Facebook’s $2 billion acquisition of Oculus VR this week put the social media giant in the news again. The company recently purchased WhatsApp for $19 billion, but their most recent move signals Facebook’s plans to embrace the futuristic world of virtual reality. Facebook CEO Mark Zuckerberg has been open of late regarding the future of social media, and it’s apparent he is attempting to secure the long-term success of his business.
Oculus VR displayed their prototype at E3 in June 2012, and initiated a Kickstarter campaign soon after. With a target of $250,000, the company had secured this within four hours, eventually amassing a total of over $2 million. Anticipating the hardware’s immense potential, Facebook has secured the company under their name. With most technology now home to social media, is the next step the virtual world?
Eyeing The Future
Virtual reality has long been a popular concept, although its more advanced features have been restricted to science fiction. It can be traced back to the 1860s, when 360 degree murals of artwork were used as public attractions. From the 1920s vehicular simulators were being used, and by 1968 Ivan Sutherland had created the first head-mounted unit. Jaron Lanier helped to coin the phrase “virtual reality” in the 1980s after his company pioneered VR goggles, and NASA continued to develop the technology in the 1990s as part of their space program. Since then, public fascination has rapidly grown.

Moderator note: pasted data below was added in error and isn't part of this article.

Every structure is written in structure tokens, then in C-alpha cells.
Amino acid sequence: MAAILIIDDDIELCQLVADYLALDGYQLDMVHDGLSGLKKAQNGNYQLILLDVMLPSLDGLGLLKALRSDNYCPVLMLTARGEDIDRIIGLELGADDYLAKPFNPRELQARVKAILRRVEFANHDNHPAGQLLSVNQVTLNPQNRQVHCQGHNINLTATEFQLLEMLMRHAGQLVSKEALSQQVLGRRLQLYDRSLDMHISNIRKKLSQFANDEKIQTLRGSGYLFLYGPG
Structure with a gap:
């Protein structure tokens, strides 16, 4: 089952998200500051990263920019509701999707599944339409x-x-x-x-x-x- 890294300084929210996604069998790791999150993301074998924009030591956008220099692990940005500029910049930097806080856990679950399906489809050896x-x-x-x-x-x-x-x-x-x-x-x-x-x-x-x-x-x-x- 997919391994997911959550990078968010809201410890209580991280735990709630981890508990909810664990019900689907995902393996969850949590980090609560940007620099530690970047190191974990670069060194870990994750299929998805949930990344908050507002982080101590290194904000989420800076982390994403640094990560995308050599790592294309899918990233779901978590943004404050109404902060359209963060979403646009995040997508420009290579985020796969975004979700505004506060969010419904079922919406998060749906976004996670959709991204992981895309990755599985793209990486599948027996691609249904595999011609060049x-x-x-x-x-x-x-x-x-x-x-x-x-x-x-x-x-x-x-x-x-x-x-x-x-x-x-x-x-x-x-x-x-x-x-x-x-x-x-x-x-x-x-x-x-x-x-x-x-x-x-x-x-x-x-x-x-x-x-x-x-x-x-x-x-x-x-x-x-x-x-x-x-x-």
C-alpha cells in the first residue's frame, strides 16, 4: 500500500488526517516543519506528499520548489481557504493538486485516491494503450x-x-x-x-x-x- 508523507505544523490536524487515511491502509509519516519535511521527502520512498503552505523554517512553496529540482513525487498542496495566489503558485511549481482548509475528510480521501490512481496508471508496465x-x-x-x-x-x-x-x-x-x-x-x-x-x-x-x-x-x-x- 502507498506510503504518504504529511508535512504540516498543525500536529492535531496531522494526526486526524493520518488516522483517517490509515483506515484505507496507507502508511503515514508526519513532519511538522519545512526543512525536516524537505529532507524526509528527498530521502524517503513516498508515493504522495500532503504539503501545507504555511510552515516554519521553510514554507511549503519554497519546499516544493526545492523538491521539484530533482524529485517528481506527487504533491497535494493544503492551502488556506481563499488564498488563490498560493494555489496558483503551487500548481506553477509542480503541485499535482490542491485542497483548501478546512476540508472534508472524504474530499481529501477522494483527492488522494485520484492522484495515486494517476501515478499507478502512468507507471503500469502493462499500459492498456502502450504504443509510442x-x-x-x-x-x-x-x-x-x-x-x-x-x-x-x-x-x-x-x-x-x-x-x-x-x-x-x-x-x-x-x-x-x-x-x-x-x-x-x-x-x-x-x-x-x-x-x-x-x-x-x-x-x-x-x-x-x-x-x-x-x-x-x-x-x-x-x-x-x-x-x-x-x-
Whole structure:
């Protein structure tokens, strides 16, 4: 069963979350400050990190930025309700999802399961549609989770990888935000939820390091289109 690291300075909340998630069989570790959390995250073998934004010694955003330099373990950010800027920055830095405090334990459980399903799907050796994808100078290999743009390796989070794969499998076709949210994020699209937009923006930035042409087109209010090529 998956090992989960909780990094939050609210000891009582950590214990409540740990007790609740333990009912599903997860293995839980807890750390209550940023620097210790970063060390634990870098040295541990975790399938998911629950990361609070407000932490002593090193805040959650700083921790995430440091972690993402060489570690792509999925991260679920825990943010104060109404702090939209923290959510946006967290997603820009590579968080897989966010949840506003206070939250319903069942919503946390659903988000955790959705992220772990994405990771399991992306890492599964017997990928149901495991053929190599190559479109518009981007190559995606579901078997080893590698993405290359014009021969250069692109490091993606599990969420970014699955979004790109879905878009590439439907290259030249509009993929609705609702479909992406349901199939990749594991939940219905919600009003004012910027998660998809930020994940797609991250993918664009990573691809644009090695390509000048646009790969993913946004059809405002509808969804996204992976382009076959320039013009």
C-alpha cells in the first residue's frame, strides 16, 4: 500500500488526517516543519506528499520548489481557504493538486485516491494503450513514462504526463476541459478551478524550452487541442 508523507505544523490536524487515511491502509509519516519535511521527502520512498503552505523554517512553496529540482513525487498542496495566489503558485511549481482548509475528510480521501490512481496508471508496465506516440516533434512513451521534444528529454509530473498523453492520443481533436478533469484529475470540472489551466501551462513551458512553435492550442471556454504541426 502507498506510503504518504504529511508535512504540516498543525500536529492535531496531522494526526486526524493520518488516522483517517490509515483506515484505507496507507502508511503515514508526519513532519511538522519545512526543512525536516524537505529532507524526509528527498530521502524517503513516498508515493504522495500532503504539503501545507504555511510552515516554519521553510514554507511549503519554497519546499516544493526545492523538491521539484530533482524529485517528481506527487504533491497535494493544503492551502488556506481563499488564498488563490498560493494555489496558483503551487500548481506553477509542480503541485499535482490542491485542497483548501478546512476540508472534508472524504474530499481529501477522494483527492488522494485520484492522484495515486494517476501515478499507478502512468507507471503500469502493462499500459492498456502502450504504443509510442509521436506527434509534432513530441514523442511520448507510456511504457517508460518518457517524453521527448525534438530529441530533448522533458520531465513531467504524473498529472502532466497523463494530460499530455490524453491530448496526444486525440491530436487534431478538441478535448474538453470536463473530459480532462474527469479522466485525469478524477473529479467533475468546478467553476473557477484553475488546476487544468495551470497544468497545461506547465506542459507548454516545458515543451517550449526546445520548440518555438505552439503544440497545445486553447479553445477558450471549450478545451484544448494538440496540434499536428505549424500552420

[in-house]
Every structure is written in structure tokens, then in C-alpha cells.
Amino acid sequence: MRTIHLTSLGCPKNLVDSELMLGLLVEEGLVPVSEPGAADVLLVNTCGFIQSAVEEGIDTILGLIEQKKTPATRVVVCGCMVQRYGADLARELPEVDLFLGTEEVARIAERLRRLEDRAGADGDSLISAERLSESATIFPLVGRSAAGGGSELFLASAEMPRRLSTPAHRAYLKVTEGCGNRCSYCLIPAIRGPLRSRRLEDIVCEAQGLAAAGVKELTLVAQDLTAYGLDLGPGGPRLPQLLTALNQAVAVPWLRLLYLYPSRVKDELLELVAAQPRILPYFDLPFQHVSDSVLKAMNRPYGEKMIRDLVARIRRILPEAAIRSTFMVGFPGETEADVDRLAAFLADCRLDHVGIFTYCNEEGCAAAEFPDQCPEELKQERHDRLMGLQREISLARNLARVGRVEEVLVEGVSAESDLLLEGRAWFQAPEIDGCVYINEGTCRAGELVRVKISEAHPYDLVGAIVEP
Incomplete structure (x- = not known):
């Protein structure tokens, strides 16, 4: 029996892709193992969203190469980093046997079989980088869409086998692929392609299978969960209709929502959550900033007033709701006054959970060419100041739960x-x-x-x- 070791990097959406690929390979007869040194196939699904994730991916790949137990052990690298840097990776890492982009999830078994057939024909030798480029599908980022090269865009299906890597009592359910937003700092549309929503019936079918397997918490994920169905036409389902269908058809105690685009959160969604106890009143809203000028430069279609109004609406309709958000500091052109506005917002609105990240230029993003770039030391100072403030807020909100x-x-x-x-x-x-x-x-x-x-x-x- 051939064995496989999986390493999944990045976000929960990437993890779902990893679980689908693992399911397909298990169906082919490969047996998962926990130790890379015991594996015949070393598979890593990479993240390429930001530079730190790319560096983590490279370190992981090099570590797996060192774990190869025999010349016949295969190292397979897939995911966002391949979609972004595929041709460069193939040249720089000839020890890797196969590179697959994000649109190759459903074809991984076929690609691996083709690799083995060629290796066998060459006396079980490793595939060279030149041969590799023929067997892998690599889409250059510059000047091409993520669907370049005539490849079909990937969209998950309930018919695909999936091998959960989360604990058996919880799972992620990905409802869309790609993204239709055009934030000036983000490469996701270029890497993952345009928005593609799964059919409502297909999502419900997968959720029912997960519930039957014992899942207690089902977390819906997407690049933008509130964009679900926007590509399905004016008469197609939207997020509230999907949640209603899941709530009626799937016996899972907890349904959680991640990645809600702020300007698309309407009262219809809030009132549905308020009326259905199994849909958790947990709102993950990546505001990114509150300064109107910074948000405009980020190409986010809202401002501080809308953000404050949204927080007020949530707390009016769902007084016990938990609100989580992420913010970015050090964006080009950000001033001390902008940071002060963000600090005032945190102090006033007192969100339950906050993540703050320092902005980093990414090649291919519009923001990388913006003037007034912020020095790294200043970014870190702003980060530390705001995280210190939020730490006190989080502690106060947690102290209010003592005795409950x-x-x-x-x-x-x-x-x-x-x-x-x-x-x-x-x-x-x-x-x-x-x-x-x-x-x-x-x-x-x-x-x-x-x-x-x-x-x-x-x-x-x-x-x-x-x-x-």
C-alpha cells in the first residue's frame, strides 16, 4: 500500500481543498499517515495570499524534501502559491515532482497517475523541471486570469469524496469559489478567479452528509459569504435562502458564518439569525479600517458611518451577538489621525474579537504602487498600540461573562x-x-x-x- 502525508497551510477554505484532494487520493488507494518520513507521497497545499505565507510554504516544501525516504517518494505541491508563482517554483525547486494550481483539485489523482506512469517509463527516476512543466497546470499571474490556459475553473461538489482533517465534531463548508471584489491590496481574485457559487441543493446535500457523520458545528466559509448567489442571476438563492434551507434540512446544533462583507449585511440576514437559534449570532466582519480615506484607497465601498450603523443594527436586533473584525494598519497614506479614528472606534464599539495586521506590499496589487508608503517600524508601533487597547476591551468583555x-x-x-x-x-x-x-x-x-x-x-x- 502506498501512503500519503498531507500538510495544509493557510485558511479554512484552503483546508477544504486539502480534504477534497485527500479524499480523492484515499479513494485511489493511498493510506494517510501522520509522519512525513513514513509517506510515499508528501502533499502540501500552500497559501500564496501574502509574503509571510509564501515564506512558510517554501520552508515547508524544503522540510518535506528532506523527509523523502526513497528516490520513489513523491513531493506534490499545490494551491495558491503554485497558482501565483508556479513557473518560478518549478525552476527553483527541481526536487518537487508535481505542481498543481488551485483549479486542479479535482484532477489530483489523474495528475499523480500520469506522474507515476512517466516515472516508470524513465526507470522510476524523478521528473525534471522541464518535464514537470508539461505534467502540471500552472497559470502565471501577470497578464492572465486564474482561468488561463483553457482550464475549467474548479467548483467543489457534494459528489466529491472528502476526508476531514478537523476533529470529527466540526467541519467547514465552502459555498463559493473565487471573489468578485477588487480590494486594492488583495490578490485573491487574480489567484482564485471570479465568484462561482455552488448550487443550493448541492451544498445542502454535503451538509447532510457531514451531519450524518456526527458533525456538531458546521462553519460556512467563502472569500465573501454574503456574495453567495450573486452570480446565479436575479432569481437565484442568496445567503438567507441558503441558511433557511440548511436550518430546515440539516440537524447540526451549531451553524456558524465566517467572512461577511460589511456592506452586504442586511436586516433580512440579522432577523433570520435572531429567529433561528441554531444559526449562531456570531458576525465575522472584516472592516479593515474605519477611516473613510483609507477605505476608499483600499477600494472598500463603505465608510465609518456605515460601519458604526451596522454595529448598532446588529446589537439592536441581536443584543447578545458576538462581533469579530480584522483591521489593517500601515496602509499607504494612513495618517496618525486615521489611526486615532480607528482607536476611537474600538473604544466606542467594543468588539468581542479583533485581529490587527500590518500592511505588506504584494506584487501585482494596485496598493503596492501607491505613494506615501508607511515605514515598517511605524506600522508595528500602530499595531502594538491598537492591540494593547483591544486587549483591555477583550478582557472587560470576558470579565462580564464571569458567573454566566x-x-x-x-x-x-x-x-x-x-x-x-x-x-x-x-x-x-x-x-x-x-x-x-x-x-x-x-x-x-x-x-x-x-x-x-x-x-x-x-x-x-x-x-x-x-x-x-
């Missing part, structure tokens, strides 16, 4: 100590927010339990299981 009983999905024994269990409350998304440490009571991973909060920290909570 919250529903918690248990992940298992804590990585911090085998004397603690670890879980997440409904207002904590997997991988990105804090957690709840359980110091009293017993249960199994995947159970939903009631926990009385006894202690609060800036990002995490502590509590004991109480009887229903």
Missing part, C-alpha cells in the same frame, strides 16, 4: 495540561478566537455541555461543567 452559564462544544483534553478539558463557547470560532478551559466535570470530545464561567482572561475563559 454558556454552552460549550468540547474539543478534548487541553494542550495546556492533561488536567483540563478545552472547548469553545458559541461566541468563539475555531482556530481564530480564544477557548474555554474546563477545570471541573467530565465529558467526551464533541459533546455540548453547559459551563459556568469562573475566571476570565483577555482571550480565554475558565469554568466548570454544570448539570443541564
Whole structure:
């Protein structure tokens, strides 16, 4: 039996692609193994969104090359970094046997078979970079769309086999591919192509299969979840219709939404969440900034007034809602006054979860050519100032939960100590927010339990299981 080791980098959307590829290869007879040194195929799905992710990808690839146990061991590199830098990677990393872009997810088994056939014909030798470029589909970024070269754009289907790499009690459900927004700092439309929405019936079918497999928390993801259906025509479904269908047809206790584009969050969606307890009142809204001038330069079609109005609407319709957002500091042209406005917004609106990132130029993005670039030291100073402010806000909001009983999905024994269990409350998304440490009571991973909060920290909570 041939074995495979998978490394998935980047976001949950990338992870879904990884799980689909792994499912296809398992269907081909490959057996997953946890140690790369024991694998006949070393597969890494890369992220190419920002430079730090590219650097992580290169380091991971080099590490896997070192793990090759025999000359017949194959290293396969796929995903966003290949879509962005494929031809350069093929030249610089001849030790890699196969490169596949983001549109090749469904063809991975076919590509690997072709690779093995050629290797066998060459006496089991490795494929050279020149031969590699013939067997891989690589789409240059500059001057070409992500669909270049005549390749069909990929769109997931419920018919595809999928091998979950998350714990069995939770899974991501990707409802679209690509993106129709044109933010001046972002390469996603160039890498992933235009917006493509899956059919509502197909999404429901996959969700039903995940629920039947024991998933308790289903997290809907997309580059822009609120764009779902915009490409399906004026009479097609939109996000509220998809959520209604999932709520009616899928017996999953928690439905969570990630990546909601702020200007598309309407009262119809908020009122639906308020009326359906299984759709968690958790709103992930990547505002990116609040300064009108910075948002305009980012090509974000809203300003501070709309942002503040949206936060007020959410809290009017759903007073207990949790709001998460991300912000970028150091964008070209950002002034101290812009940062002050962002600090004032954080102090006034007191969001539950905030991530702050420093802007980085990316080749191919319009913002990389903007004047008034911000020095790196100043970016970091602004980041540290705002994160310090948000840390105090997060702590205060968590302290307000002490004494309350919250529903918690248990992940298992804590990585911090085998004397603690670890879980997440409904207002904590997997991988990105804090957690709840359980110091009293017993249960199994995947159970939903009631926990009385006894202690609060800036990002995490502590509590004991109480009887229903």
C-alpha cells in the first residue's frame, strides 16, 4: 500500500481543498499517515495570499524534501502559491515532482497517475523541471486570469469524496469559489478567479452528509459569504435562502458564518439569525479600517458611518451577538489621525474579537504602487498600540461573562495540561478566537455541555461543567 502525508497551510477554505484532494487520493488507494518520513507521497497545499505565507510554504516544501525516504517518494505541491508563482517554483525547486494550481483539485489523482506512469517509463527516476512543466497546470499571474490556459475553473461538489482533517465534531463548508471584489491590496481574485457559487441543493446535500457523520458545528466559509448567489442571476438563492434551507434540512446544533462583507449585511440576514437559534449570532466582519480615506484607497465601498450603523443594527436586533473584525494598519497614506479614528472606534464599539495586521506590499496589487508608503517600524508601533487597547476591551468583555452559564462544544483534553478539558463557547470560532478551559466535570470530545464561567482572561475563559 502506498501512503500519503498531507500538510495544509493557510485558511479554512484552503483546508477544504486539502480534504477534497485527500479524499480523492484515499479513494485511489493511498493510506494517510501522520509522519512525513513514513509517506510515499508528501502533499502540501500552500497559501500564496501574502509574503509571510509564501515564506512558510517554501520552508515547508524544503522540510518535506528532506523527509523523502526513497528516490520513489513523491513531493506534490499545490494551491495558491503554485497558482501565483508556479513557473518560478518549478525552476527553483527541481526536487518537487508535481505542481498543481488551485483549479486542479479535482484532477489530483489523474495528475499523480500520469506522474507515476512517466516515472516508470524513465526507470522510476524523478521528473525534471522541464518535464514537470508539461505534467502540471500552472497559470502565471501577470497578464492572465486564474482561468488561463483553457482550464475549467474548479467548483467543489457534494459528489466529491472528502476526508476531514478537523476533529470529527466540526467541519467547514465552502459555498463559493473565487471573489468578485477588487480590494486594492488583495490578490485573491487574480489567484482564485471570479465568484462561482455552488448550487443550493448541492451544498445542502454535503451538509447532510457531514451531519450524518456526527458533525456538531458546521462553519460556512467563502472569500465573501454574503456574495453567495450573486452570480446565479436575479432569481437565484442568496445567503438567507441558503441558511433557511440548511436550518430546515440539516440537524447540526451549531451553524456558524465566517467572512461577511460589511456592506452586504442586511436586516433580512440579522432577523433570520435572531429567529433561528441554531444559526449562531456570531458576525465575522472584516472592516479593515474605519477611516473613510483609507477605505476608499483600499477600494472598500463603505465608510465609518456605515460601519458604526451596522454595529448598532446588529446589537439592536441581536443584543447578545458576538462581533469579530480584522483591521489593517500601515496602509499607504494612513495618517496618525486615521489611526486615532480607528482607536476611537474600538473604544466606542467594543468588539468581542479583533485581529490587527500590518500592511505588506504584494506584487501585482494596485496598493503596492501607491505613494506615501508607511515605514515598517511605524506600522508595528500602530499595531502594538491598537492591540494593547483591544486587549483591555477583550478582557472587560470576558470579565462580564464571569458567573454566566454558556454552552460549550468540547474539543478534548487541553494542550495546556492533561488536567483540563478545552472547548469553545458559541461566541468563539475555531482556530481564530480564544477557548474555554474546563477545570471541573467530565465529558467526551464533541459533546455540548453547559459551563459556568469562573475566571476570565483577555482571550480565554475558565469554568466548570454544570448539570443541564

Recent hardware is bringing virtual reality closer to reality, and Facebook are attempting to be prescient and jump ahead of the competition; whether their deal pays off is subject to the passage of time. Many business insiders are still baffled by the $19 billion spent on WhatsApp, and the move to secure Oculus VR could be construed as another overly hasty piece of money flaunting. However, Facebook’s recent endeavours suggest they are aware their long-term future isn’t secure, despite their current unprecedented success.
The hardware itself, called the Oculus Rift, consists of a headset which has a mounted display the user places around their head. From here, a user can observe a display screen. The consumer version is in development and will advance upon the developer model. Although details haven’t been finalised, it is expected that head tracking motion detection, positional tracking, 1080p resolution, and wireless operation will be part of the finished product. Several versions of the device have motion tracking, which employs an external camera. This tracks the movement of the headset, allowing a user to lean and crouch and have their movements simulated. This would help alleviate any motion sickness. Asides from this, until we all try one it’s difficult to comment on the actual experience (you can see videos of it in action here).
Naturally, CEO Mark Zuckerberg delightedly noted the acquisition with an official blog post. He stated, “They build virtual reality technology, like the Oculus Rift headset. When you put it on, you enter a completely immersive computer-generated environment, like a game or a movie scene or a place far away. The incredible thing about the technology is that you feel like you’re actually present in another place with other people. People who try it say it’s different from anything they’ve ever experienced in their lives.”